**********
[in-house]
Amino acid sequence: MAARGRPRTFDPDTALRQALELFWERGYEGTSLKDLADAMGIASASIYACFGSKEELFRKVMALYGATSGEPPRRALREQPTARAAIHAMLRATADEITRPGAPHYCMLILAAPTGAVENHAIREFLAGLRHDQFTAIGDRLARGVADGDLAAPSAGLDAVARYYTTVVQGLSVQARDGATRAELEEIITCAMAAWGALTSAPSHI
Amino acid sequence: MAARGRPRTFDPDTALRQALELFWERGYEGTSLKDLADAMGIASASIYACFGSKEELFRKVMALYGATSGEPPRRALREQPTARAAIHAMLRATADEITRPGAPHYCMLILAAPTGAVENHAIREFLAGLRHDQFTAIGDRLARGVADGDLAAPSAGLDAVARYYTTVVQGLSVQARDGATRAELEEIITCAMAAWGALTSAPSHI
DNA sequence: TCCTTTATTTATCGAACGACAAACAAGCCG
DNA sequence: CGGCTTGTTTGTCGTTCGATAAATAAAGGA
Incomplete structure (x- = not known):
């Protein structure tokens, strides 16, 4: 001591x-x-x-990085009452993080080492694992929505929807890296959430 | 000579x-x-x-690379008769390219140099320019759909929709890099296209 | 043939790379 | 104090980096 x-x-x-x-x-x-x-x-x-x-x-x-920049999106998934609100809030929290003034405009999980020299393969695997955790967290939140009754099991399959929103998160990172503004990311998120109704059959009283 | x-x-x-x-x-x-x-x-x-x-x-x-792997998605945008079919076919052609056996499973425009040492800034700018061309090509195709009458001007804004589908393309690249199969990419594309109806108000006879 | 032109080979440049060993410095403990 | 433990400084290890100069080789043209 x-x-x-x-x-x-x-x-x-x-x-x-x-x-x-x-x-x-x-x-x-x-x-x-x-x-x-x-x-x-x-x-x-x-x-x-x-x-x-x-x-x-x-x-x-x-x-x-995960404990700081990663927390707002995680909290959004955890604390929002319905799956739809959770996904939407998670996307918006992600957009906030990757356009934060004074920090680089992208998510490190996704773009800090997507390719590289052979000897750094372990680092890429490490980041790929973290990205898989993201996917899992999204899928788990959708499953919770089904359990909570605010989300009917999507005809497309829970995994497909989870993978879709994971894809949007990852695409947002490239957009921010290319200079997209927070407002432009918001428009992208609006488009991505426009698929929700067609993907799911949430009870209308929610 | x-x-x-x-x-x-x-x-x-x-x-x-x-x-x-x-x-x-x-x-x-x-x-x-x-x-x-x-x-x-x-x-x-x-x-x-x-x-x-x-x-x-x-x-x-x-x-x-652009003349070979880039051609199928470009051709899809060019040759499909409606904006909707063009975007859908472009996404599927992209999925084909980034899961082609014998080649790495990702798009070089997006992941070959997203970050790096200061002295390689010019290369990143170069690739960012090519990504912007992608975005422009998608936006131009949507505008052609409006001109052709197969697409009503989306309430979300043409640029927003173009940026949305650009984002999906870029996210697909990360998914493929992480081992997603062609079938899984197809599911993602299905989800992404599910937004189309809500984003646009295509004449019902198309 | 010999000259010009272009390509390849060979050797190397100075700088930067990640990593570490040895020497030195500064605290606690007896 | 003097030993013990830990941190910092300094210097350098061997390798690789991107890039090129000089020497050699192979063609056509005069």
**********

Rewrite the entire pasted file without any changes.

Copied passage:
[in-house]
Amino acid sequence: MAARGRPRTFDPDTALRQALELFWERGYEGTSLKDLADAMGIASASIYACFGSKEELFRKVMALYGATSGEPPRRALREQPTARAAIHAMLRATADEITRPGAPHYCMLILAAPTGAVENHAIREFLAGLRHDQFTAIGDRLARGVADGDLAAPSAGLDAVARYYTTVVQGLSVQARDGATRAELEEIITCAMAAWGALTSAPSHI
Amino acid sequence: MAARGRPRTFDPDTALRQALELFWERGYEGTSLKDLADAMGIASASIYACFGSKEELFRKVMALYGATSGEPPRRALREQPTARAAIHAMLRATADEITRPGAPHYCMLILAAPTGAVENHAIREFLAGLRHDQFTAIGDRLARGVADGDLAAPSAGLDAVARYYTTVVQGLSVQARDGATRAELEEIITCAMAAWGALTSAPSHI
DNA sequence: TCCTTTATTTATCGAACGACAAACAAGCCG
DNA sequence: CGGCTTGTTTGTCGTTCGATAAATAAAGGA
Incomplete structure (x- = not known):
């Protein structure tokens, strides 16, 4: 001591x-x-x-990085009452993080080492694992929505929807890296959430 | 000579x-x-x-690379008769390219140099320019759909929709890099296209 | 043939790379 | 104090980096 x-x-x-x-x-x-x-x-x-x-x-x-920049999106998934609100809030929290003034405009999980020299393969695997955790967290939140009754099991399959929103998160990172503004990311998120109704059959009283 | x-x-x-x-x-x-x-x-x-x-x-x-792997998605945008079919076919052609056996499973425009040492800034700018061309090509195709009458001007804004589908393309690249199969990419594309109806108000006879 | 032109080979440049060993410095403990 | 433990400084290890100069080789043209 x-x-x-x-x-x-x-x-x-x-x-x-x-x-x-x-x-x-x-x-x-x-x-x-x-x-x-x-x-x-x-x-x-x-x-x-x-x-x-x-x-x-x-x-x-x-x-x-995960404990700081990663927390707002995680909290959004955890604390929002319905799956739809959770996904939407998670996307918006992600957009906030990757356009934060004074920090680089992208998510490190996704773009800090997507390719590289052979000897750094372990680092890429490490980041790929973290990205898989993201996917899992999204899928788990959708499953919770089904359990909570605010989300009917999507005809497309829970995994497909989870993978879709994971894809949007990852695409947002490239957009921010290319200079997209927070407002432009918001428009992208609006488009991505426009698929929700067609993907799911949430009870209308929610 | x-x-x-x-x-x-x-x-x-x-x-x-x-x-x-x-x-x-x-x-x-x-x-x-x-x-x-x-x-x-x-x-x-x-x-x-x-x-x-x-x-x-x-x-x-x-x-x-652009003349070979880039051609199928470009051709899809060019040759499909409606904006909707063009975007859908472009996404599927992209999925084909980034899961082609014998080649790495990702798009070089997006992941070959997203970050790096200061002295390689010019290369990143170069690739960012090519990504912007992608975005422009998608936006131009949507505008052609409006001109052709197969697409009503989306309430979300043409640029927003173009940026949305650009984002999906870029996210697909990360998914493929992480081992997603062609079938899984197809599911993602299905989800992404599910937004189309809500984003646009295509004449019902198309 | 010999000259010009272009390509390849060979050797190397100075700088930067990640990593570490040895020497030195500064605290606690007896 | 003097030993013990830990941190910092300094210097350098061997390798690789991107890039090129000089020497050699192979063609056509005069």